‘Goin’ Back to T- Town’: Lessons from the Tulsa Race Massacre
Smoke billows skyward in the Greenwood district of Tulsa, Oka., on June 1, 1921, when white mobs invaded the Black neighborhood district, killed hundreds of residents, and burned down more than 1,200 homes. | Univ. of Tulsa Library

Producer Sam Pollard (MLK/FBI) and Narrator Ossie Davis (Do The Right Thing) use the infamous Tulsa Race Massacre of 1921, also known as the Tulsa Race Riot, as a focal point for exploring the perils and pitfalls not only of segregation but of integration, as well. PBS is commemorating the centennial of the Tulsa Massacre by rebroadcasting “Goin’ Back to T-Town.”

Through the late 19th and early 20th centuries, many African-American freedmen and escaping slaves made their way from the Southern countryside and plantations to settle in Tulsa, Okla. Land was plentiful and cheap. The 1889 Great Land Rush brought overwhelming numbers of both Black and white settlers. Black Americans saw Tulsa as a land of freedom and opportunity.

Black residents settled around North Tulsa, building a virtually self-sufficient community of 11,000 residents in the Greenwood neighborhood. Black commercial establishments and institutions thrived, including 15 groceries, 13 churches, various restaurants, four drugstores, two movie houses, public libraries, schools, and two newspapers.  So prosperous was the district that it was referred to as “The Black Wall Street.”

Certainly, there was still danger and discrimination, especially in downtown Tulsa and outlying areas. In the post-World War I South, violence included lynchings, the burning of Black families’ homes, and constant KKK harassment. But the prosperity of Greenwood seemed to stand as a bulwark of safety.

On May 31, 1921, this illusion shattered. A young Black man, Dick Rowland, who tripped in the elevator of a merchandise store while on his way to a segregated bathroom, reportedly grabbed the arm of the young white woman elevator operator as he fell. A white store clerk reported an “assault” to police, and Rowland was taken into custody. Lynching was threatened. When Black demonstrators protested, armed white crowds attacked and moved on Greenwood, burning, looting, and killing Black residents. Police and soldiers were enlisted to join the attack. By the time the National Guard restored order, as many as 300 Black residents in Greenwood were killed and 35 city blocks were destroyed.  Most of Greenwood—as many as 10,000 people—was left homeless and impoverished.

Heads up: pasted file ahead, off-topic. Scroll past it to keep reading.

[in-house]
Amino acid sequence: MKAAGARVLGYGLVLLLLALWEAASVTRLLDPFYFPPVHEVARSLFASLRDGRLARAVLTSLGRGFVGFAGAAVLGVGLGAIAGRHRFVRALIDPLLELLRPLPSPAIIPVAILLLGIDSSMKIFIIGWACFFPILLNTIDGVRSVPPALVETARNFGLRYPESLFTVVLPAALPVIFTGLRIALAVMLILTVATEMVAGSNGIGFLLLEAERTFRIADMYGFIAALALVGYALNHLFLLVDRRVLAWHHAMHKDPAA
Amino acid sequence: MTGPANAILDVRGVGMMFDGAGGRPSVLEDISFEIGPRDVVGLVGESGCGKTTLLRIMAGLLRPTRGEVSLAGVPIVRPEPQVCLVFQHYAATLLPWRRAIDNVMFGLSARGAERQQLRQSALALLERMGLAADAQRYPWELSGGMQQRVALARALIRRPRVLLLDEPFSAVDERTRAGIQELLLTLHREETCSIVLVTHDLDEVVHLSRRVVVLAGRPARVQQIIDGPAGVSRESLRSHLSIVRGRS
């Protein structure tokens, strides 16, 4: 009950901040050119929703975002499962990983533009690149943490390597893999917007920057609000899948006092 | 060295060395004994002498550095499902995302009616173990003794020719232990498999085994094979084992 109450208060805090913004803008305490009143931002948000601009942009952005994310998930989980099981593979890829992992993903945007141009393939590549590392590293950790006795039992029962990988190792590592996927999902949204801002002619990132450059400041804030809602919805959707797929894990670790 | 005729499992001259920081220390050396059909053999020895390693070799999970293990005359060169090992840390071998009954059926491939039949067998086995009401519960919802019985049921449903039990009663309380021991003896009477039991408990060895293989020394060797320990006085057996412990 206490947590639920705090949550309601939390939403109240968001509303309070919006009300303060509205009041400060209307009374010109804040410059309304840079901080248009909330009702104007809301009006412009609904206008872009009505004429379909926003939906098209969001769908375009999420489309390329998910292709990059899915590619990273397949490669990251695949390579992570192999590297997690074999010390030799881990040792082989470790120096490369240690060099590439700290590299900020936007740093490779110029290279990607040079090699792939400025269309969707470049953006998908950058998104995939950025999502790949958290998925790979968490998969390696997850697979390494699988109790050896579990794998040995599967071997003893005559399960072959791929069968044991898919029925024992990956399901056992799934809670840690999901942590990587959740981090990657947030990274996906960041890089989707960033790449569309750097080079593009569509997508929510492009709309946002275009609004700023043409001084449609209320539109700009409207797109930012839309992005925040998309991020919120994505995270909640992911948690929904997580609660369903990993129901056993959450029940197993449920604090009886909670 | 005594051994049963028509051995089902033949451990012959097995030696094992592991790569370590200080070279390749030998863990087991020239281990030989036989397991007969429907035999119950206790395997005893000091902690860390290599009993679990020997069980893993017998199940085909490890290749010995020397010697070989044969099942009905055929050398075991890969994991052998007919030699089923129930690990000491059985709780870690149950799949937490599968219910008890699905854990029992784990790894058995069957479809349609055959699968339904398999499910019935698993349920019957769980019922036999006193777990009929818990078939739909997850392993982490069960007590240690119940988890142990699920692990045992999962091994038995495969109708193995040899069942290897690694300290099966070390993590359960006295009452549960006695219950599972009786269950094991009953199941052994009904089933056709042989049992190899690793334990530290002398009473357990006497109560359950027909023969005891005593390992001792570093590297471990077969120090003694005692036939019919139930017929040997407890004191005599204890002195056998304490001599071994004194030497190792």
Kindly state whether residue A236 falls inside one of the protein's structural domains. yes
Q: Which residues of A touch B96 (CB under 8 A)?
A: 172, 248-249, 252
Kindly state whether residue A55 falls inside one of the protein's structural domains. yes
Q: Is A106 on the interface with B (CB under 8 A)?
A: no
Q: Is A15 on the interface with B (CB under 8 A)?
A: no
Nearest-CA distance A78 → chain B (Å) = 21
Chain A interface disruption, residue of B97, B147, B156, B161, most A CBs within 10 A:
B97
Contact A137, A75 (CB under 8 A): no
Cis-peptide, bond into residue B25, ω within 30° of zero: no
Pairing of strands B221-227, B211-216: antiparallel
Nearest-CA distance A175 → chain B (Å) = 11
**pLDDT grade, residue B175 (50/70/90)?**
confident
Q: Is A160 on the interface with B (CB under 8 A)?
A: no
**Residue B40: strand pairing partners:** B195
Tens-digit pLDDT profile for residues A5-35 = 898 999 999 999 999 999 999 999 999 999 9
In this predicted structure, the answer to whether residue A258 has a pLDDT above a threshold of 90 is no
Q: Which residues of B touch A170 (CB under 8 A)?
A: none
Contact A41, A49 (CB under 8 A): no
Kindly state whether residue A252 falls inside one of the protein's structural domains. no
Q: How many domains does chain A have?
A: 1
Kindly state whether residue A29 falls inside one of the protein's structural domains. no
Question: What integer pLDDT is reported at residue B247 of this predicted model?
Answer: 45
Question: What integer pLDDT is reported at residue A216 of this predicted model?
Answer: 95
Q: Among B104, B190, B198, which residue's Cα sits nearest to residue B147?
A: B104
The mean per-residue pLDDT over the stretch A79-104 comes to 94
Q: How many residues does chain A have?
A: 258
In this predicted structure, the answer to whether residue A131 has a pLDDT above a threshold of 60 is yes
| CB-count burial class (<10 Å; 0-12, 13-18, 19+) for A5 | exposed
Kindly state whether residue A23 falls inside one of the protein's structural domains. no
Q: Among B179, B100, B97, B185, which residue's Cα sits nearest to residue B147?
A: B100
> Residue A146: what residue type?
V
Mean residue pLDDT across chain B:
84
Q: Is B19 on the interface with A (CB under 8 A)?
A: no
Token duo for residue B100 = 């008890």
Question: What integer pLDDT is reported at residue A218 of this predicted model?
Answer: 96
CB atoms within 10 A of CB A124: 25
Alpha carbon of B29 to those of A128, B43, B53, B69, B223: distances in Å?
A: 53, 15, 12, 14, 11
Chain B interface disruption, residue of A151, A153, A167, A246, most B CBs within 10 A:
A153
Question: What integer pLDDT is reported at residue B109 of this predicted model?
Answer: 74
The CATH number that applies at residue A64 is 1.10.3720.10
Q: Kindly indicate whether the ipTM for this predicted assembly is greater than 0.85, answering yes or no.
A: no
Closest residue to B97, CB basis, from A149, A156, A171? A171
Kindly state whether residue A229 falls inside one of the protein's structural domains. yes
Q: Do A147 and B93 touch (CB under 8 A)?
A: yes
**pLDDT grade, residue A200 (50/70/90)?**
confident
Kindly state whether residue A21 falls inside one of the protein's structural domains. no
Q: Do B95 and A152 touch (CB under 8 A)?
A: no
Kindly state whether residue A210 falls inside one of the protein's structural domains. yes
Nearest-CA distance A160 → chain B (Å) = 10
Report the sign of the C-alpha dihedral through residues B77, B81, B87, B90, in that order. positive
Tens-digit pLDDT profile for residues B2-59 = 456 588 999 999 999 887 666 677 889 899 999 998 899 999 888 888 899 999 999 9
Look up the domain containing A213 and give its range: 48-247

Goin’ Back to T-Town tells this story through archival recordings of survivors. George Monroe remembers how his mother hid her children under the bed until their house was set on fire. Rosa Skinner and Peaches Littlejohn Wynn share stories of discrimination when Black Tulsans tried to patronize stores or eat at downtown restaurants. Harvard-trained, Presidential Medal of Freedom Historian John Hope Franklin, who grew up in Tulsa, testifies to racial strife between Black and white high schools.

Some residents attempted to rebuild after the riots. They lived in tents through the next several brutal winters, trying to transport in building materials from nearby states. Many others left Tulsa. Persecution and disparity between Black and white communities continued.

Segregation had forced a great degree of self-sufficiency and camaraderie in pre-riot Greenwood, but former residents described how the rebuilt neighborhood could not survive integration, which eventually came. The loss of communal relationships and Black-owned businesses weakened the prosperity that had prevailed in the area. As much as violent racism, discriminatory capitalism preyed on the spirit and diverted the resources that had built Greenwood.

Goin’ Back to T-Town, first broadcast in 1993, will have an encore broadcast on AMERICAN EXPERIENCE Monday, Feb. 8, 2021, 9:00-10:00 p.m. ET (check local listings) on PBS, PBS.org and the PBS Video App.


Michael Berkowitz
Michael Berkowitz

Michael Berkowitz, a veteran of the civil rights and anti-war movements, has been Land Use Planning Consultant to the government of China for many years. He taught Chinese and American History at the college level, worked with Eastern Kentucky Welfare Rights Org. with miners, and was an officer of SEIU.